(ii) The Board may review questions of law, discretion, and judgment and all other issues in appeals from decisions of immigration judges de novo.
Finally, Petitioner contends that former 8 U.S.C. § 1432(a)(3) "unconstitutionally discriminates against [him] based upon legitimacy and gender." (Br. of Pet'r 53.) Under former 8 U.S.C. § 1432(a)(3) (repealed 2000), a child born out of wed-lock outside of the United States, where the paternity of the child has not been established, can receive derivative citizenship only through the naturalization of the mother. USCIS denied Petitioner's N-600 Application on December 18, 2007, on the basis that Petitioner did not meet the statutory requirements of former 8 U.S.C. § 1432(a)(3). Petitioner's birth mother became a naturalized citizen after he turned eighteen. While his father was naturalized before Petitioner's eighteenth birthday, his parents were never married, and therefore could not be legally separated. As a result, Petitioner could not obtain derivative citizenship from either parent. That decision was affirmed by the IJ (J.A. 92-93), and Petitioner does not contend that the conclusion was in error. Instead, he argues that the statute violates the equal protection clause because it "discriminates against aliens based upon legitimacy and gender." (Br. of Pet'r 53.)
While Petitioner challenges subsection (3), former 8 U.S.C. § 1432(a) provides that "a child born outside of the United States of alien parents . . . becomes a citizen of the United States upon fulfillment of the following conditions: (1) The naturalization of both parents; or (2) The naturalization of the surviving parent if one of the parents is deceased; or (3) The naturalization of the parent having legal custody of the child when there has been a legal separation of the parents or the naturalization of the mother if the child was born out of wedlock and the paternity of the child has not been established by legitimation; and if (4) Such naturalization takes place while such child is under the age of eighteen years; and (5) Such child is residing in the United States pursuant to a lawful admission for permanent residence at the time of the naturalization of the parent last naturalized under clause (1) of this subsection, or the parent naturalized under clause (2) or (3) of this subsection, or thereafter begins to reside permanently in the United States while under the age of eighteen years."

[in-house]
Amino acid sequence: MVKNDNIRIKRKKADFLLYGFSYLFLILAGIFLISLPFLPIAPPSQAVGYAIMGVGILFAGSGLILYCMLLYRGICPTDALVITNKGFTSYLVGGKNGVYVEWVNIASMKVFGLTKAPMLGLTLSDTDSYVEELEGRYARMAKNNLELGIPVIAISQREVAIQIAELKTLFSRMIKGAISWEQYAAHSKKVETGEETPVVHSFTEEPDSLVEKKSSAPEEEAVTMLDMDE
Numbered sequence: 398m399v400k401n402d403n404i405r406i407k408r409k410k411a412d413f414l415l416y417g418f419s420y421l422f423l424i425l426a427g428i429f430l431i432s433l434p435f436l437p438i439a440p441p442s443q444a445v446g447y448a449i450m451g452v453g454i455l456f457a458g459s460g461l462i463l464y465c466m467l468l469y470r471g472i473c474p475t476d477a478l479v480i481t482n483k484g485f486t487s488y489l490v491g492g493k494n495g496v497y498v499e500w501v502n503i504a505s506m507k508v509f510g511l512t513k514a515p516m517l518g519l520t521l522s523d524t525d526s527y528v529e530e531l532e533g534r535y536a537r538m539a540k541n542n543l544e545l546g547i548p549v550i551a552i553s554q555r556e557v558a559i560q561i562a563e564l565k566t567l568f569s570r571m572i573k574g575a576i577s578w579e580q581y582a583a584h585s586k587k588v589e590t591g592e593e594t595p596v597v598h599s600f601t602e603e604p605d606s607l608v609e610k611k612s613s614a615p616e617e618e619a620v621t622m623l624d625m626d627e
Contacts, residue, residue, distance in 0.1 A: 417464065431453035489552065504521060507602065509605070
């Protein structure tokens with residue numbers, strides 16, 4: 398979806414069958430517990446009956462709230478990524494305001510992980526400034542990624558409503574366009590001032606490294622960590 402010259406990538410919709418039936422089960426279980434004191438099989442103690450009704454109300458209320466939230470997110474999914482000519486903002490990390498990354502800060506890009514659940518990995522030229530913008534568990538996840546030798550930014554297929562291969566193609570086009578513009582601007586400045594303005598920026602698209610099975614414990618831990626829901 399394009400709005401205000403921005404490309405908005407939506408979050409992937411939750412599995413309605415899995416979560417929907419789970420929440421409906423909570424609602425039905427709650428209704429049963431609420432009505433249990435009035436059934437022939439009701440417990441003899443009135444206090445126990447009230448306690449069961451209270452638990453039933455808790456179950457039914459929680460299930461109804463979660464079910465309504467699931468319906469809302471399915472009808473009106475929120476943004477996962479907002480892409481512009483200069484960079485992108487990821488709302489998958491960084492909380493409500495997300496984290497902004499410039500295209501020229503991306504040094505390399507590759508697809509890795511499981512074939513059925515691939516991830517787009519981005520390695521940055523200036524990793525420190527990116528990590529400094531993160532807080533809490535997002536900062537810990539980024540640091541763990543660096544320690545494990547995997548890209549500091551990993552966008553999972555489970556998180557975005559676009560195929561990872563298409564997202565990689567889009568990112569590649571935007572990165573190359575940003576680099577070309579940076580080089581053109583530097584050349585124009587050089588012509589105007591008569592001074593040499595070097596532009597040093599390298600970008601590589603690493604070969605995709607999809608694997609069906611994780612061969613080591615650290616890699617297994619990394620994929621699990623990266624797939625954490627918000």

The Supreme Court has upheld differential treatment of parents based on sex in the naturalization context finding "nothing irrational or improper in the recognition that at the moment of birth . . . parenthood [for the mother] has been established in a way not guaranteed in the case of the unwed father." Nguyen v. INS, 533 U.S. 53, 68, 121 S.Ct. 2053, 150 L.Ed.2d 115 (2001). In Nguyen v. INS, the Court up-held a statute imposing an additional "set of requirements on the children of citizen fathers born abroad and out of wedlock to a noncitizen mother that are not imposed under like circumstances when the citizen parent is the mother." 533 U.S. at 60, 121 S.Ct. 2053. The Court found that "[g]iven the proof of motherhood that is inherent in the birth itself, it is unremarkable that Congress did not require the same affirmative steps as mothers." Id. at 64, 121 S.Ct. 2053.